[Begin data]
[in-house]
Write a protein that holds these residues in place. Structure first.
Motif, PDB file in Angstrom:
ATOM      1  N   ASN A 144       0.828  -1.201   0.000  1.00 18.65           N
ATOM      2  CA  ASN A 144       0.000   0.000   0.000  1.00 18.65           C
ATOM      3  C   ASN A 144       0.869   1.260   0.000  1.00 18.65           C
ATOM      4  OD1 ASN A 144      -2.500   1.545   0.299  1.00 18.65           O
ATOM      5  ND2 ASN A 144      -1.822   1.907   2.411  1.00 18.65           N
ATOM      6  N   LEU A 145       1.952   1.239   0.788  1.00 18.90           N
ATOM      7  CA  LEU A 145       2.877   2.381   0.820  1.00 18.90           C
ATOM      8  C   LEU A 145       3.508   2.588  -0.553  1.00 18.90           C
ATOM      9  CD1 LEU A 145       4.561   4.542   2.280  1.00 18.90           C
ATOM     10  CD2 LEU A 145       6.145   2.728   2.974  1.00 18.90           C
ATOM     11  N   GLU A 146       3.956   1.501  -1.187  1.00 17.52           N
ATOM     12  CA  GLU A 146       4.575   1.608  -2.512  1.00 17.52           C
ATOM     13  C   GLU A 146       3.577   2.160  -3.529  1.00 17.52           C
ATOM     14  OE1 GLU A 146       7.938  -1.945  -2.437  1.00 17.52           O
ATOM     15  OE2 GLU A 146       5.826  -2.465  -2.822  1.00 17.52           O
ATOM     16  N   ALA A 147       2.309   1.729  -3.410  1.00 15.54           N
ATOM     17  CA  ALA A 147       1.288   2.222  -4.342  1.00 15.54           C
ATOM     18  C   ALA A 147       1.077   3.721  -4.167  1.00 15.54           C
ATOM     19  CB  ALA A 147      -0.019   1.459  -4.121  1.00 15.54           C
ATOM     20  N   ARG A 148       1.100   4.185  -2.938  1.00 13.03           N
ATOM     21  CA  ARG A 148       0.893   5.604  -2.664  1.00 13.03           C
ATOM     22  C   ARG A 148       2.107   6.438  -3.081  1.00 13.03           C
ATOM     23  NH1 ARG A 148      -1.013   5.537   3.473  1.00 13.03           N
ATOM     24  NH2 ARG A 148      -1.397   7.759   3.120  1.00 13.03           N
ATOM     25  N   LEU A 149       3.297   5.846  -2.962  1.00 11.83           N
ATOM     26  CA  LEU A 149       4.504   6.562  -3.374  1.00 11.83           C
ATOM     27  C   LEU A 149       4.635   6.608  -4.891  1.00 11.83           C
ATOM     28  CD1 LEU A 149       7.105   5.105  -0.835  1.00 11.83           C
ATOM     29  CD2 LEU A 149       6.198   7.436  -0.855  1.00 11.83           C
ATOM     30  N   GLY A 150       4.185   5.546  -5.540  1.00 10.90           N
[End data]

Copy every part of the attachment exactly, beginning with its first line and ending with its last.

[in-house]
Write a protein that holds these residues in place. Structure first.
Motif, PDB file in Angstrom:
ATOM      1  N   ASN A 144       0.828  -1.201   0.000  1.00 18.65           N
ATOM      2  CA  ASN A 144       0.000   0.000   0.000  1.00 18.65           C
ATOM      3  C   ASN A 144       0.869   1.260   0.000  1.00 18.65           C
ATOM      4  OD1 ASN A 144      -2.500   1.545   0.299  1.00 18.65           O
ATOM      5  ND2 ASN A 144      -1.822   1.907   2.411  1.00 18.65           N
ATOM      6  N   LEU A 145       1.952   1.239   0.788  1.00 18.90           N
ATOM      7  CA  LEU A 145       2.877   2.381   0.820  1.00 18.90           C
ATOM      8  C   LEU A 145       3.508   2.588  -0.553  1.00 18.90           C
ATOM      9  CD1 LEU A 145       4.561   4.542   2.280  1.00 18.90           C
ATOM     10  CD2 LEU A 145       6.145   2.728   2.974  1.00 18.90           C
ATOM     11  N   GLU A 146       3.956   1.501  -1.187  1.00 17.52           N
ATOM     12  CA  GLU A 146       4.575   1.608  -2.512  1.00 17.52           C
ATOM     13  C   GLU A 146       3.577   2.160  -3.529  1.00 17.52           C
ATOM     14  OE1 GLU A 146       7.938  -1.945  -2.437  1.00 17.52           O
ATOM     15  OE2 GLU A 146       5.826  -2.465  -2.822  1.00 17.52           O
ATOM     16  N   ALA A 147       2.309   1.729  -3.410  1.00 15.54           N
ATOM     17  CA  ALA A 147       1.288   2.222  -4.342  1.00 15.54           C
ATOM     18  C   ALA A 147       1.077   3.721  -4.167  1.00 15.54           C
ATOM     19  CB  ALA A 147      -0.019   1.459  -4.121  1.00 15.54           C
ATOM     20  N   ARG A 148       1.100   4.185  -2.938  1.00 13.03           N
ATOM     21  CA  ARG A 148       0.893   5.604  -2.664  1.00 13.03           C
ATOM     22  C   ARG A 148       2.107   6.438  -3.081  1.00 13.03           C
ATOM     23  NH1 ARG A 148      -1.013   5.537   3.473  1.00 13.03           N
ATOM     24  NH2 ARG A 148      -1.397   7.759   3.120  1.00 13.03           N
ATOM     25  N   LEU A 149       3.297   5.846  -2.962  1.00 11.83           N
ATOM     26  CA  LEU A 149       4.504   6.562  -3.374  1.00 11.83           C
ATOM     27  C   LEU A 149       4.635   6.608  -4.891  1.00 11.83           C
ATOM     28  CD1 LEU A 149       7.105   5.105  -0.835  1.00 11.83           C
ATOM     29  CD2 LEU A 149       6.198   7.436  -0.855  1.00 11.83           C
ATOM     30  N   GLY A 150       4.185   5.546  -5.540  1.00 10.90           N